In a nutshell
This article reviewed treatment options for patients with unexplained fertility (UEI).
UEI is the inability to conceive without a known cause or reason. UEI can affect as many as 50% of couples experiencing infertility. In this case, common causes of infertility in both men and women have been ruled out. As the exact cause of the problem is unknown, UEI is generally treated with the least costly treatment first. Understanding which treatment options are most beneficial for patients with UEI remains a challenge.
Methods & findings
Expectant management involves ‘watchful waiting’ and small lifestyle changes that improve the chances of conceiving. It is the cheapest and least complicated treatment option. Expectant management is a good option for couples under age 35 who are experiencing UEI for a short time.
Laparoscopic surgery can be used to examine a woman’s organs and can be used to treat some conditions. Laparoscopy is only useful to treat patients with UEI with signs of disease in the fallopian tubes or pelvis. Laparoscopy may also be recommended for otherwise healthy young women with infertility for more than 3 years.
Intrauterine insemination (IUI) involves placing fast-moving sperm into the woman's womb close to the time when the egg is released from the ovary (ovulation). IUI alone does not offer any benefit over expectant management. IUI can be combined with gonadotropin injections that help stimulate ovulation. This approach is effective but increases the chance of having twins or triplets. This makes the pregnancy higher-risk.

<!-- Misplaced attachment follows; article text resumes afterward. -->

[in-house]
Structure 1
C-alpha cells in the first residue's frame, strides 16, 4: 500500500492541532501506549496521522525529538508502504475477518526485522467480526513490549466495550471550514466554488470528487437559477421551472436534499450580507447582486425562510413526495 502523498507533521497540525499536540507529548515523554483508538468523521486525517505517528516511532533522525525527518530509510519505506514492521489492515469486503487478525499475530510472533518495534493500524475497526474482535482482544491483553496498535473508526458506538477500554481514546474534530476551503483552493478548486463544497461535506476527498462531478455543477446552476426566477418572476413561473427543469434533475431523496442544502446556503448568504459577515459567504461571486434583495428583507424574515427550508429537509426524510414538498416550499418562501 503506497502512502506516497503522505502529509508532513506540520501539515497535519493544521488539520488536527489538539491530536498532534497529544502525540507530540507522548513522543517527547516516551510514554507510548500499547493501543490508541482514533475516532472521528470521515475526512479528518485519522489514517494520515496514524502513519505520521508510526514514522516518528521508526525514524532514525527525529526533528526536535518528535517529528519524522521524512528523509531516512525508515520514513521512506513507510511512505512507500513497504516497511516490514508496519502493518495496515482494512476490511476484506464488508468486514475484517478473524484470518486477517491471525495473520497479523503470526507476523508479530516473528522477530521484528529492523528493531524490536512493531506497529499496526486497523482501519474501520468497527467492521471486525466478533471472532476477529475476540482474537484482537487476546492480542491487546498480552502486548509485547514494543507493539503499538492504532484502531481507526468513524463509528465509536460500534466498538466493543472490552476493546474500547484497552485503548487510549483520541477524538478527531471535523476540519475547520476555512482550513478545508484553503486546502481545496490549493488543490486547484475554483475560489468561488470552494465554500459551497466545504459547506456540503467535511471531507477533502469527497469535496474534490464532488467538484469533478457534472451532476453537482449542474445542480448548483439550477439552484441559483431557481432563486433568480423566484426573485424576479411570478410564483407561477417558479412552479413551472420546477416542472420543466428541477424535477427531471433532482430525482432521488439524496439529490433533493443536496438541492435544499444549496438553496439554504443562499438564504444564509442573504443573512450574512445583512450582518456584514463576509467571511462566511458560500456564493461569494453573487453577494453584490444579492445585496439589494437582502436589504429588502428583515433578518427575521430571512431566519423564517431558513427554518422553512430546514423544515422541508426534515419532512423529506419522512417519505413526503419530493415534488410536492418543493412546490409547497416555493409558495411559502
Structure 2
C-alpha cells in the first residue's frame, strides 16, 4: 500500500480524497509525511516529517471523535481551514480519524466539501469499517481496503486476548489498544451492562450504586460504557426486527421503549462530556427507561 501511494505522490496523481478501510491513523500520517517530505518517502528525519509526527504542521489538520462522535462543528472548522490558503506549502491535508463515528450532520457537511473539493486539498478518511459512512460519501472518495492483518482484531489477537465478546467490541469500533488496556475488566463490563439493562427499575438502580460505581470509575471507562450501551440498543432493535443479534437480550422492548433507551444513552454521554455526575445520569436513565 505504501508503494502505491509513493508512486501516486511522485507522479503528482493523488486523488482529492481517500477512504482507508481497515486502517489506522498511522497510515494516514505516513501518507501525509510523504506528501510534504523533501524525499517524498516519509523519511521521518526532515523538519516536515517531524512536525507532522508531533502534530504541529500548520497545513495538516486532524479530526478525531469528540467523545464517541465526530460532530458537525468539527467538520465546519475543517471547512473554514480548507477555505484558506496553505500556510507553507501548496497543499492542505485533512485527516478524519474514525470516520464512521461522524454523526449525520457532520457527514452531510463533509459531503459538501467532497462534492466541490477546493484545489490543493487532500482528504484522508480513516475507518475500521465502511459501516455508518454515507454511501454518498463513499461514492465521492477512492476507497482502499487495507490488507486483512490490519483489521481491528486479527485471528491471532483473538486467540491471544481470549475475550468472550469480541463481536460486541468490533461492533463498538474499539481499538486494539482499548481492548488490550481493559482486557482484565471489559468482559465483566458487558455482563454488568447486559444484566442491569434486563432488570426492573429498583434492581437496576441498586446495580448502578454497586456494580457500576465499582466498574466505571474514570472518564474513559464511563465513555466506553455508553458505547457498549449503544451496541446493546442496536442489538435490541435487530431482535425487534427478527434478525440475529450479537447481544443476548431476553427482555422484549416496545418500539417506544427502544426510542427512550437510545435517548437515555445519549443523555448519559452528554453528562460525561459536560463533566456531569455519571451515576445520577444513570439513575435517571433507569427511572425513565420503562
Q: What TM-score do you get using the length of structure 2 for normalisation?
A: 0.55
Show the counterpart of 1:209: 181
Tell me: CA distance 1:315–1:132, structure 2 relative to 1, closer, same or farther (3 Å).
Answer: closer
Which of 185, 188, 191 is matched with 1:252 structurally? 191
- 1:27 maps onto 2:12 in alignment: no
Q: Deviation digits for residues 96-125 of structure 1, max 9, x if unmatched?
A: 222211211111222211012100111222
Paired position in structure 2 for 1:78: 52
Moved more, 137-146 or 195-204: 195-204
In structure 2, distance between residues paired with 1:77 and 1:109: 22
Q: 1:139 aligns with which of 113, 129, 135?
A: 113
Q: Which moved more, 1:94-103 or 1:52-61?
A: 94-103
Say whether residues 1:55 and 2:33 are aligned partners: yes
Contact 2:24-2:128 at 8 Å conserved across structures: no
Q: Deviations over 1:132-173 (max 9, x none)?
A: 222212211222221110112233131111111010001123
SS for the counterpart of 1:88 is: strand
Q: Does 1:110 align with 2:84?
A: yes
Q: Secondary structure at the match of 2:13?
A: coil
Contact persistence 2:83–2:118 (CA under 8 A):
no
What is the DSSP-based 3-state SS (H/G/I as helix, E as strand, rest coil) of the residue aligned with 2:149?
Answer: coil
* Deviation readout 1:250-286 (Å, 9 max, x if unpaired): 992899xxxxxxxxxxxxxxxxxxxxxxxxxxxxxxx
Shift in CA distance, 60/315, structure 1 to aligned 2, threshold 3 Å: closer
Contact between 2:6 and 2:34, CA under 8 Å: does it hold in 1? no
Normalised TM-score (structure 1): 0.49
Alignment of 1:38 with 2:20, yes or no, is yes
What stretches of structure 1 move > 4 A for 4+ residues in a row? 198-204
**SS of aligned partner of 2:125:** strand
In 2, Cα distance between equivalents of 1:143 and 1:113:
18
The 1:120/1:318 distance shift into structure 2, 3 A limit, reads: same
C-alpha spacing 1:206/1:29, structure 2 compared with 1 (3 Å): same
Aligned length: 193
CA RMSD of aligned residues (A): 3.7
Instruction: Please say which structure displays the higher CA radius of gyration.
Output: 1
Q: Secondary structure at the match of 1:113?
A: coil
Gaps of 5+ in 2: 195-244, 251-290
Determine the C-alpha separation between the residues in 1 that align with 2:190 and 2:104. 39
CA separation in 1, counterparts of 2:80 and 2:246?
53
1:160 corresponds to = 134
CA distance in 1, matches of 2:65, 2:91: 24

Ovarian stimulation causes the release of an egg. This can be done with the help of oral medications or gonadotropin injections. Combining these strategies may be more effective than either one alone. One study found that the birth rate associated with expectant management was 9% compared to 31% with IUI and oral medications.
In vitro fertilization (IVF) involves fertilizing an egg with a sperm in a laboratory dish before it is implanted into a woman's womb. In one study, patients with UEI who underwent IVF were 22 times more likely to have a successful birth compared to patients who had expected management. However, due to high cost and potential treatment complications, IVF should only be offered after three failed attempts with IUI and ovarian stimulation.
Intracytoplasmic sperm injection (ICSI) is a type of IVF that requires less sperm and is useful in cases of male infertility. The effectiveness of this treatment for patients with UEI remains under investigation.
The bottom line
This article reviewed treatment options for patients with unexplained fertility. The authors suggest that the best first-line treatments for UEI are expected management and IUI with ovarian stimulation. If these fail, IVF should be considered.
Talk to your doctor about which treatment options may be right for you.
Published By :
Reproductive BioMedicine Online
Oct 01, 2019